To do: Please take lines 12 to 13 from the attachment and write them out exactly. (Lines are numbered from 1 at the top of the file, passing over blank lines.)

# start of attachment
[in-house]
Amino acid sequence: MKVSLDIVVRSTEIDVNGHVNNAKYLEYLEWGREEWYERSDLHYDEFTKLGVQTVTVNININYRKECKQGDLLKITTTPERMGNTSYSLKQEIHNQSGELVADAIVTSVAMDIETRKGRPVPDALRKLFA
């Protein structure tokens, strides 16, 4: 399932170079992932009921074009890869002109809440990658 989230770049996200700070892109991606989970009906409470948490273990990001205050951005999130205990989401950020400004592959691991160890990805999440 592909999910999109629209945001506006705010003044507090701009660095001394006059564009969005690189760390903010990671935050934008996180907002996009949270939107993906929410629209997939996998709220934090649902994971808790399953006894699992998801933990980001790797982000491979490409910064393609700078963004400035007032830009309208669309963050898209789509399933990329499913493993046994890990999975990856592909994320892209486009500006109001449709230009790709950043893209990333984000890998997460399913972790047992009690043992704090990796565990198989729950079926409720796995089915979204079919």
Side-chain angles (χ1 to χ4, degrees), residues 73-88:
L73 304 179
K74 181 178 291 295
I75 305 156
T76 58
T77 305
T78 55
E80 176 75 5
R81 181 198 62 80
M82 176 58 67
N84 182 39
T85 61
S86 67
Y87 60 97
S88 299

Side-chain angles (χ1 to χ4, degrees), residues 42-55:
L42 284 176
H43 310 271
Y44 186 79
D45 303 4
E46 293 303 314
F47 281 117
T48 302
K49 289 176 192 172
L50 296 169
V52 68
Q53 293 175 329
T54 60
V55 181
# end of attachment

R81 181 198 62 80
M82 176 58 67